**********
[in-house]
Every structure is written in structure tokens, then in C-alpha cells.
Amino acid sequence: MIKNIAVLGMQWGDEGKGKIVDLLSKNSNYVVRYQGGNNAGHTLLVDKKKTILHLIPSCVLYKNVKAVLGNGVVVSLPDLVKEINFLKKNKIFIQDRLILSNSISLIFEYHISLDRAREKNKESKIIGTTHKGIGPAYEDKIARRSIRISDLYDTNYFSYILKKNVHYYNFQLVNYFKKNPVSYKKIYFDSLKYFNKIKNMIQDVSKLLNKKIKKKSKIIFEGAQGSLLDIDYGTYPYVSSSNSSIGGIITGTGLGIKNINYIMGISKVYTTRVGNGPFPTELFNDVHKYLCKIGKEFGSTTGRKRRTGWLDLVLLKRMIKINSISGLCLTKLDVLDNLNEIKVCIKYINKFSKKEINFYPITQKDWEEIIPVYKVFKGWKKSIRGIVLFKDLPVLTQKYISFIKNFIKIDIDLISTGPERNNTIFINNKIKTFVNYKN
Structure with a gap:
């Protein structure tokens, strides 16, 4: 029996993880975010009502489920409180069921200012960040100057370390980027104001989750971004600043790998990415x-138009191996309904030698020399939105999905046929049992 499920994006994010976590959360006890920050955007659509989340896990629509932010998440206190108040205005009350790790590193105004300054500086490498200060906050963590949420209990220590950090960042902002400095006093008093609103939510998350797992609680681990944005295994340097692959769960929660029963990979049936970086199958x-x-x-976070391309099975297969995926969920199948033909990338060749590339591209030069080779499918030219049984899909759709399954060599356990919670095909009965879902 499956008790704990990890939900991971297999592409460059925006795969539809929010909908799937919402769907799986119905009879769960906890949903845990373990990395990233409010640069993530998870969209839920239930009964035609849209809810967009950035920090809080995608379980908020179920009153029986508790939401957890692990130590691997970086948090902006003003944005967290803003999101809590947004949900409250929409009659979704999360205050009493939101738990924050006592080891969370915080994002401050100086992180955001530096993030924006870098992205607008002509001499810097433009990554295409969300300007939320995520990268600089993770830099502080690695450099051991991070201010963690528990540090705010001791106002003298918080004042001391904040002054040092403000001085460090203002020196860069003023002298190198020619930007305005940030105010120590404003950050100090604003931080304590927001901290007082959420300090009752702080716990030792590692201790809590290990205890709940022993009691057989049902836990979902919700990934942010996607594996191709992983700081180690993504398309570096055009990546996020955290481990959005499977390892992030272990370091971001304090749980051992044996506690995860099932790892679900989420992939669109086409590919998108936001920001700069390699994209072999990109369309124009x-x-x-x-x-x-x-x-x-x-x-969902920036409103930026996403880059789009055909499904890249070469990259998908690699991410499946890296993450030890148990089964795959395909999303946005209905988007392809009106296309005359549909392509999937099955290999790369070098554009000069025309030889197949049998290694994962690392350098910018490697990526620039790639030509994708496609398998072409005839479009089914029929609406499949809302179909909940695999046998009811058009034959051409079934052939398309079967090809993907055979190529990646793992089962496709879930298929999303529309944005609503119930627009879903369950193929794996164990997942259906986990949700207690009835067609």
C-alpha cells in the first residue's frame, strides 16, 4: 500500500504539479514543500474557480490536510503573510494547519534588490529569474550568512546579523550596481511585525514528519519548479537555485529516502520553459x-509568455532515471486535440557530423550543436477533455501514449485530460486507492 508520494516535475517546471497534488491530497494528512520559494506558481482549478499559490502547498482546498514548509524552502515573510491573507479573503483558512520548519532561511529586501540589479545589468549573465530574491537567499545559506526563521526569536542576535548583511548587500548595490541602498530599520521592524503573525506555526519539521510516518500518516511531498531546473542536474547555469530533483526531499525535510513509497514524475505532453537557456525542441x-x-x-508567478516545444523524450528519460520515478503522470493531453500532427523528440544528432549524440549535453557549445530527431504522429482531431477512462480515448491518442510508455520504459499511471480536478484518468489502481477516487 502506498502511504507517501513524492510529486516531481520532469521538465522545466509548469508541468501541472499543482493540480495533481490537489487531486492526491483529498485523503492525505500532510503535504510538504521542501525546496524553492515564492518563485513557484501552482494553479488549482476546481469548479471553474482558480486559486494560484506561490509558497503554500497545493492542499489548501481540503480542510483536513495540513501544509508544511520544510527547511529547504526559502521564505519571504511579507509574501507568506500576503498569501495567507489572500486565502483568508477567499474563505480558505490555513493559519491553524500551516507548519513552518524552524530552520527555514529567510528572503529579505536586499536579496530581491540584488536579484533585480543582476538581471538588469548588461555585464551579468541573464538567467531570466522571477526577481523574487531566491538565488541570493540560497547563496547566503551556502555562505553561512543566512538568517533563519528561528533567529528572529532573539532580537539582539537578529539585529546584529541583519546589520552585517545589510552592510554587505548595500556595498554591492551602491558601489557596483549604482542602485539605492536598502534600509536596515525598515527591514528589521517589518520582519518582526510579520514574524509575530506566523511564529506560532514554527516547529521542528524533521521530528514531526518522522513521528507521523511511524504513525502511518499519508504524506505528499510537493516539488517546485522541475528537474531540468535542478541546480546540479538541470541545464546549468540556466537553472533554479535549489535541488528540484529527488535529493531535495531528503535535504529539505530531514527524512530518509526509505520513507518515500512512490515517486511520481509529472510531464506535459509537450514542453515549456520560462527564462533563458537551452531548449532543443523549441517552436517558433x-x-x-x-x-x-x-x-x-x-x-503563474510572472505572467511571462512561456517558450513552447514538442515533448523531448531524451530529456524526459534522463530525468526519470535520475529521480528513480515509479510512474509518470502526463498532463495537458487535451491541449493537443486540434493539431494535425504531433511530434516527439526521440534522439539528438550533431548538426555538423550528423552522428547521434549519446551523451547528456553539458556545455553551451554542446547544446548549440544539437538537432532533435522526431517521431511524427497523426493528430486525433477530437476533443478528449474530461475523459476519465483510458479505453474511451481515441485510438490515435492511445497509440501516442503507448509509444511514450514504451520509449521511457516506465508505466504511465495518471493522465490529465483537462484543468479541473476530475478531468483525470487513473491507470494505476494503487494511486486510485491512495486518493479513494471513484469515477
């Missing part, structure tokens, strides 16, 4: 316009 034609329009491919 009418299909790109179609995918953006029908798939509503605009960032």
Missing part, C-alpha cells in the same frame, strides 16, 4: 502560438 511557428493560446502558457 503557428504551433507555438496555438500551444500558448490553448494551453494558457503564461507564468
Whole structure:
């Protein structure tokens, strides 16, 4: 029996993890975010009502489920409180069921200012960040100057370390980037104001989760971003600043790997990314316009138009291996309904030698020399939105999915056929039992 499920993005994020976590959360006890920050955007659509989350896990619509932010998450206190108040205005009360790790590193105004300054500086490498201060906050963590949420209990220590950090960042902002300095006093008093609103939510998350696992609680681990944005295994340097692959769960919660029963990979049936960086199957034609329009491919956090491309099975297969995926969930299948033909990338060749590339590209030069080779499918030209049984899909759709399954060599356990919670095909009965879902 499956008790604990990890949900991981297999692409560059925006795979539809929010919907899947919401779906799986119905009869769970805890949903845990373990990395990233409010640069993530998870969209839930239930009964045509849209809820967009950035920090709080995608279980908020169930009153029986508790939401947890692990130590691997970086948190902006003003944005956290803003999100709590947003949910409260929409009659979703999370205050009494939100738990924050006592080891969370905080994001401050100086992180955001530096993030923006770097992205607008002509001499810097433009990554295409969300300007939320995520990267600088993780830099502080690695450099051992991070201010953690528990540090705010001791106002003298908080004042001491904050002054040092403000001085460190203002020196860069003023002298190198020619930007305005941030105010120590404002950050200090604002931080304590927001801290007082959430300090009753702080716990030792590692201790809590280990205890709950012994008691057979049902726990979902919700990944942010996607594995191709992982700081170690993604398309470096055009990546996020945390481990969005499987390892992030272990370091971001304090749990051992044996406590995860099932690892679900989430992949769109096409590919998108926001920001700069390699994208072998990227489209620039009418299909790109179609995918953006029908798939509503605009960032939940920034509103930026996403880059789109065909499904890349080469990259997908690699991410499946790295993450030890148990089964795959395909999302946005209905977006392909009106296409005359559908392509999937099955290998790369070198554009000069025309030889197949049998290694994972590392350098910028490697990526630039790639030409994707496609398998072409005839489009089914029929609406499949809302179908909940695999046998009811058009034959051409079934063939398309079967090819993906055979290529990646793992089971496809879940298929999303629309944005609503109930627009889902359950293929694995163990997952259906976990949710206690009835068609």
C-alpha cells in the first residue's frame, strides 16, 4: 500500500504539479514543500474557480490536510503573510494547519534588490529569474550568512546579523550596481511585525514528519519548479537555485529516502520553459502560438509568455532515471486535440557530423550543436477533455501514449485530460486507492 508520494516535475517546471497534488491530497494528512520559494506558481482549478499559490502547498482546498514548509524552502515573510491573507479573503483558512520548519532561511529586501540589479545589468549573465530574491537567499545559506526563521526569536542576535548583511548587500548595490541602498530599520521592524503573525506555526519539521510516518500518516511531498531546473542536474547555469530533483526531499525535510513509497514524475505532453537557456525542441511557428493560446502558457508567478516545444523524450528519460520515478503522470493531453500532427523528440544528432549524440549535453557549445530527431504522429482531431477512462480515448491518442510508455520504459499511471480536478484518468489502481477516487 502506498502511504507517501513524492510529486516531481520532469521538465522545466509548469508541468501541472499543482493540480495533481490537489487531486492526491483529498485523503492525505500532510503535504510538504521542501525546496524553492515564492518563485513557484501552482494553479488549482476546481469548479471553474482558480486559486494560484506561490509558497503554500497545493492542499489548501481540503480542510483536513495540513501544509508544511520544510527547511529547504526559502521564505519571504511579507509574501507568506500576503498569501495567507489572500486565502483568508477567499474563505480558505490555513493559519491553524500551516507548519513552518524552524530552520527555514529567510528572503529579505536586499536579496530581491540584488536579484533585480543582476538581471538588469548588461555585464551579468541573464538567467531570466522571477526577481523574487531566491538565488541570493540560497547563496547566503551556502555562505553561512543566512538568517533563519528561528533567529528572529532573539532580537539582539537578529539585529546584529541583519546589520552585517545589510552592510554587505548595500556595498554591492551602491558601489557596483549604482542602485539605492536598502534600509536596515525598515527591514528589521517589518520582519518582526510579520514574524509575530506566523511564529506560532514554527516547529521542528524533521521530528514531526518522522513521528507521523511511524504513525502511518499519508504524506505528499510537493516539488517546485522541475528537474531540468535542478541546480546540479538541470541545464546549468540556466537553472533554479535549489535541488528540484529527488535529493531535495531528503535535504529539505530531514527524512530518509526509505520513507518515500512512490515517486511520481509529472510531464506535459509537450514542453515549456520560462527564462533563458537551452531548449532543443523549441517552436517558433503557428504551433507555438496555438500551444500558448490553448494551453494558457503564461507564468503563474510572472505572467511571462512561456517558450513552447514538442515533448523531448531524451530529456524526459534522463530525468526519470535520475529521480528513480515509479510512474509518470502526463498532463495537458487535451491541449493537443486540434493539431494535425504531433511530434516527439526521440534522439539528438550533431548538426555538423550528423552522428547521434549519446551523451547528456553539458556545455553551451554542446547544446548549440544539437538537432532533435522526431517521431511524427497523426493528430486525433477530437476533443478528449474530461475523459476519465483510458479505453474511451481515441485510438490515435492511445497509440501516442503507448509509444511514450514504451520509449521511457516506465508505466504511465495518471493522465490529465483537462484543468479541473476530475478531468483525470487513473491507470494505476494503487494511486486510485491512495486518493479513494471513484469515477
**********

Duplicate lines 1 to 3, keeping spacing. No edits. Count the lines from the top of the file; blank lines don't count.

[in-house]
Every structure is written in structure tokens, then in C-alpha cells.
Amino acid sequence: MIKNIAVLGMQWGDEGKGKIVDLLSKNSNYVVRYQGGNNAGHTLLVDKKKTILHLIPSCVLYKNVKAVLGNGVVVSLPDLVKEINFLKKNKIFIQDRLILSNSISLIFEYHISLDRAREKNKESKIIGTTHKGIGPAYEDKIARRSIRISDLYDTNYFSYILKKNVHYYNFQLVNYFKKNPVSYKKIYFDSLKYFNKIKNMIQDVSKLLNKKIKKKSKIIFEGAQGSLLDIDYGTYPYVSSSNSSIGGIITGTGLGIKNINYIMGISKVYTTRVGNGPFPTELFNDVHKYLCKIGKEFGSTTGRKRRTGWLDLVLLKRMIKINSISGLCLTKLDVLDNLNEIKVCIKYINKFSKKEINFYPITQKDWEEIIPVYKVFKGWKKSIRGIVLFKDLPVLTQKYISFIKNFIKIDIDLISTGPERNNTIFINNKIKTFVNYKN